Palestinians (search) fired rockets Tuesday at a gathering of thousands of Israeli settlers protesting the upcoming Gaza withdrawal, but missed, killing instead a 3-year-old Palestinian boy and wounding nine other Palestinians in Gaza.
Witnesses said militants fired three rockets at the demonstration in the Israeli town of Sderot.
Two of the rockets fell in Palestinian areas and the third fell in an open field near Sderot.
Among the wounded were five children, aged 4 to 11, including four children of Hisham Abdel Razek, a senior official in the ruling Fatah (search) party and a former Palestinian Cabinet minister. Abdel Razek's wife was also injured.
The dead boy was identified as Yasser Adnan Ashkar, who was killed when one of the stray rockets hit his family's home in Beit Hanoun (search), northeast of Gaza City. His 11-year-old brother was in critical condition. Abdel Razek's family was visiting at the time, witnesses said.
A few minutes after the rockets were fired, an explosion was heard outside the Gaza City house of a former Palestinian Cabinet minister, witnesses said. No one was hurt, police said. On Monday, a blast damaged a wall outside the home of the Palestinian Authority's attorney general in Gaza City.
Both officials have been picked by the parliament to investigate widespread corruption in the Palestinian Authority.
In a separate attack Tuesday, Palestinian militants fired a rocket at an Israeli convoy traveling to the isolated settlement of Netzarim, settlers and the army said. There were no reports of injuries.
Militant attacks against Israelis had dropped off after a February truce between Israel and the Palestinians. In recent weeks, however, as the Israeli withdrawal from Gaza approaches, militants have stepped up attacks to try to portray the Israeli pullout as a military victory for the Palestinians.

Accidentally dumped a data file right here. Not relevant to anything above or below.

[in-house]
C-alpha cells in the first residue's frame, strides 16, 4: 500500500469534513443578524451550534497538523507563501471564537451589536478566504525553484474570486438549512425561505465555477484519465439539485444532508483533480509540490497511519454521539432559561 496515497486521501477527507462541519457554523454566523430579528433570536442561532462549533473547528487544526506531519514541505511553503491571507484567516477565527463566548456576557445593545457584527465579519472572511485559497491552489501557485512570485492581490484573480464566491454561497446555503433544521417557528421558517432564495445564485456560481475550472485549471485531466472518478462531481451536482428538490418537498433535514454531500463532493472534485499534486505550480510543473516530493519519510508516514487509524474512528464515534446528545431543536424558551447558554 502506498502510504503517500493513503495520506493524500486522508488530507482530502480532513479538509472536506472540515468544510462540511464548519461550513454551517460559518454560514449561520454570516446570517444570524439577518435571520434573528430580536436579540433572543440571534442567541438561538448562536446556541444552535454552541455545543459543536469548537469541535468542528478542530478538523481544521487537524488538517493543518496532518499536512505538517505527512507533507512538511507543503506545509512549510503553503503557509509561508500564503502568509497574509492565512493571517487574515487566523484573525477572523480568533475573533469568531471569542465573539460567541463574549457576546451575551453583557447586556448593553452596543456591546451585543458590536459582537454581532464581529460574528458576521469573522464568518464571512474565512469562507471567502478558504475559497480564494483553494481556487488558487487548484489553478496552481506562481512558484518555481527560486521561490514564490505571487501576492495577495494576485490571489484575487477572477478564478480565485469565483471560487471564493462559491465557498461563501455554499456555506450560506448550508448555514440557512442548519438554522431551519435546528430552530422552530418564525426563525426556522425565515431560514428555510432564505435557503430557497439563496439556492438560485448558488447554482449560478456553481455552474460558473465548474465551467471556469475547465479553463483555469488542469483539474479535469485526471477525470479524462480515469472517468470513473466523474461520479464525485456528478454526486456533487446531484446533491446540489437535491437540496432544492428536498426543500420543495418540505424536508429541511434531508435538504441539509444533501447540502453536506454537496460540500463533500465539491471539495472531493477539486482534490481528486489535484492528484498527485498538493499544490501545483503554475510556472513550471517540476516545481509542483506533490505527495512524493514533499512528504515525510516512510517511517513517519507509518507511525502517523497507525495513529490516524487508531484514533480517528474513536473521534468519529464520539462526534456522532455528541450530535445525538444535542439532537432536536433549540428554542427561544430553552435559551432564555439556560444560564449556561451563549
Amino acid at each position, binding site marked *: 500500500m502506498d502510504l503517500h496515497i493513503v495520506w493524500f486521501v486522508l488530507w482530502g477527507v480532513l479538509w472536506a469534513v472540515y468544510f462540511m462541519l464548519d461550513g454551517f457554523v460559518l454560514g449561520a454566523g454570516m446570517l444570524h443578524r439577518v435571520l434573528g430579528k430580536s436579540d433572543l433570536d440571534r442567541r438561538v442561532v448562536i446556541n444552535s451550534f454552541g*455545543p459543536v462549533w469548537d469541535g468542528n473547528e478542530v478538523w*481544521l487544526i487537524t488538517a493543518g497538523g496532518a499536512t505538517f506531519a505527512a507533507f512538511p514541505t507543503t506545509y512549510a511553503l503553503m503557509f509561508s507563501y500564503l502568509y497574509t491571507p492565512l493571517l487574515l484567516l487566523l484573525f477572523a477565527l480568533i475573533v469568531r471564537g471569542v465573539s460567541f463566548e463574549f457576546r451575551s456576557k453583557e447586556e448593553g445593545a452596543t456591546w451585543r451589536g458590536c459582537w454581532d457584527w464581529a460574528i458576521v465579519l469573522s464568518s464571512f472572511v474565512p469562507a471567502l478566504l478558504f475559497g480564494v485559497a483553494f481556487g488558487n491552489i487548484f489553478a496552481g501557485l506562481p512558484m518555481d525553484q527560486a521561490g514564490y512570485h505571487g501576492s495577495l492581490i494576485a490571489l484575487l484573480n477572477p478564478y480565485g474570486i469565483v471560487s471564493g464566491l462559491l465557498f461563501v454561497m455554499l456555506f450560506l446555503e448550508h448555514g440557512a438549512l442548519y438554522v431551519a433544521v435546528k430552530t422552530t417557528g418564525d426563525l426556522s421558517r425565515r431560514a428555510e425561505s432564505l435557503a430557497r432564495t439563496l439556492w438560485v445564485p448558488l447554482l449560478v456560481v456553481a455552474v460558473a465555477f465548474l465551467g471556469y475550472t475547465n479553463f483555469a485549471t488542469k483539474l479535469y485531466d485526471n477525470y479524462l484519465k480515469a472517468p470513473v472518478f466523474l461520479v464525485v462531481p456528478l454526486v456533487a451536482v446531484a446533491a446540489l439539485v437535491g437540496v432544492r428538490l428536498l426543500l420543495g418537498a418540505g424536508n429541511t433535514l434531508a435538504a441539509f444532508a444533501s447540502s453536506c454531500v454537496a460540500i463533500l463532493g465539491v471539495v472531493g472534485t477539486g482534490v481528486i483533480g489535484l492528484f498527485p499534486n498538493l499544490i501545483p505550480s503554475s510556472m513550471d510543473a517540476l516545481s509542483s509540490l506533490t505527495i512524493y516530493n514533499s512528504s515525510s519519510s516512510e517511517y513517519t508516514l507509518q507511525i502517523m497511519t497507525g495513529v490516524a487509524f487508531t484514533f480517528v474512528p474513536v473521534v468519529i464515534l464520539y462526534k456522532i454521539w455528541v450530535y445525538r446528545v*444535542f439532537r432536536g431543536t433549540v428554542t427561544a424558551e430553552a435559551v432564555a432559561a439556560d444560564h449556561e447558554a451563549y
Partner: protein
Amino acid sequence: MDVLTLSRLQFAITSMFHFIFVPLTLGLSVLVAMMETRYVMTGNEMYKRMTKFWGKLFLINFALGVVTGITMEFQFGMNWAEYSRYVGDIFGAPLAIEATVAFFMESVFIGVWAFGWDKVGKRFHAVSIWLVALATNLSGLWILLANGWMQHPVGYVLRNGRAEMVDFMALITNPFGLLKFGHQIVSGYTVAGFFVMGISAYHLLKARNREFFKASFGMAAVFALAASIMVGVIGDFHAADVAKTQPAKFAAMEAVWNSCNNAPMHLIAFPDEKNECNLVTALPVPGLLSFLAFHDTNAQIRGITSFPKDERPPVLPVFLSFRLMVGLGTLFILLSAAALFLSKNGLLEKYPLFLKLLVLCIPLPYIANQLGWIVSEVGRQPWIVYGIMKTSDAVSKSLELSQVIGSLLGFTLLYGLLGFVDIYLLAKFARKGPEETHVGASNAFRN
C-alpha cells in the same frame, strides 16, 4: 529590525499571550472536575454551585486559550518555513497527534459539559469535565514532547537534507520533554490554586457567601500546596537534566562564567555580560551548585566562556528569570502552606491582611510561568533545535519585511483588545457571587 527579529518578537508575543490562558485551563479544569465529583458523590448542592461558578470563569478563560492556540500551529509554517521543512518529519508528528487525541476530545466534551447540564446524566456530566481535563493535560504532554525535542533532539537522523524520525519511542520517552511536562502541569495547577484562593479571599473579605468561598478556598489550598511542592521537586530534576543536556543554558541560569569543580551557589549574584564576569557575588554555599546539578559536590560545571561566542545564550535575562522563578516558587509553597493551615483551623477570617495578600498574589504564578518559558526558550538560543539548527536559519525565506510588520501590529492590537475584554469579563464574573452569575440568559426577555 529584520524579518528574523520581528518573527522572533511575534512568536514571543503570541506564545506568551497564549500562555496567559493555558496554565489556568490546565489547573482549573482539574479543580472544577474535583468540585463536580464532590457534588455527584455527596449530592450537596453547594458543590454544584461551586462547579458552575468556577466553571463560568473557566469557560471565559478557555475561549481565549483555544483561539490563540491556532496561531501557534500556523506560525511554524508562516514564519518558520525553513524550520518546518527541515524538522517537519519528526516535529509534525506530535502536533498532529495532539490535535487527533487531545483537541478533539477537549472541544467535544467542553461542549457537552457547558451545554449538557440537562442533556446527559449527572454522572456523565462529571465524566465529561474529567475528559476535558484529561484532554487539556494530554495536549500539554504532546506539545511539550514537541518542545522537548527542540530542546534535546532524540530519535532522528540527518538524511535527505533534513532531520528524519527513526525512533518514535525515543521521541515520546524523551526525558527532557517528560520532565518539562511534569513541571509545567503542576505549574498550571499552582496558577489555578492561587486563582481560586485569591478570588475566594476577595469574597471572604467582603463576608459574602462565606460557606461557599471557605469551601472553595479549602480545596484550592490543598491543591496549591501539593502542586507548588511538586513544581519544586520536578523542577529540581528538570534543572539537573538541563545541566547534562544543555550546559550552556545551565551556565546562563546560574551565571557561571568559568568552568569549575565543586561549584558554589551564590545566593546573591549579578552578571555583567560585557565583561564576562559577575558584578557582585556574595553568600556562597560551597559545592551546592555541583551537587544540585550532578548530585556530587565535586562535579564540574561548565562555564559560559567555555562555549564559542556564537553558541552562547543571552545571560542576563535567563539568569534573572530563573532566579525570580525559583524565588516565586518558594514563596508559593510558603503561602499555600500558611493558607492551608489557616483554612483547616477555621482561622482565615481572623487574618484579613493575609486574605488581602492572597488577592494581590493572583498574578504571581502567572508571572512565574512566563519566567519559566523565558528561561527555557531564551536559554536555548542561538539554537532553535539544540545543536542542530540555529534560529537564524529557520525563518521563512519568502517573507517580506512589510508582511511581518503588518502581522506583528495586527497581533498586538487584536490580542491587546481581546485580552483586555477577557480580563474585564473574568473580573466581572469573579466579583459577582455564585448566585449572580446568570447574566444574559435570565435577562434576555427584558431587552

Although the Israelis gathered in Sderot had pledged a peaceful protest, settler leaders said they planned to defy a military order and march to Gaza's settlements Wednesday.
More than 15,000 police and soldiers took up positions in southern Israel to prevent the marchers from reaching Gaza, which has been declared a closed military zone.
The protest march would be the settlers' second effort in two weeks to breech the barricades preventing them from getting into the Gush Katif settlement bloc in southern Gaza. If they fall short again, it would be a devastating blow to the protest movement.
"It is impossible to stop the masses of Israel who have only one goal, to reach Gush Katif and overturn this cruel decree," Gaza settler leader Avner Shimoni told Channel 2 TV Tuesday.
Some of the protesters in Sderot conceded they had little chance to stop the pullout.
"It seems that it is too late," said Alain Bismuth, 40, from the northern town of Haifa. He said he came simply to show there are many Israelis opposed to the plan.
Others still had hope.
"Everything we do changes things," said Shmuel Lax, 30, of Neve Tsuf.
Police estimated 10,000 people were at the rally.
Early Wednesday, police and soldiers blocked a group of women from West Bank settlements who circumvented several roadblocks and approached Gaza. After a tense, noisy confrontation, they were bundled onto a bus and driven away.
Israel plans to pull out of all 21 Gaza Strip settlements and four in the West Bank in mid-August, uprooting about 9,000 settlers. The government says more than half the settlers have agreed to leave voluntarily and expect more to follow before the withdrawal date.
More than 200,000 settlers live in other parts of the West Bank, and their leaders fear the Gaza pullout could be the beginning of further withdrawals from land claimed by the Palestinians.
Observant Jews believe the West Bank is promised to the Jews in the Bible.
On Sunday, the Cabinet will formally vote on the evacuation of the first group of settlements, a government official said. In March, the Cabinet approved the overall withdrawal plan, but agreed to vote again separately before the evacuation of each of four groups of settlements. The pullout is expected to pass easily.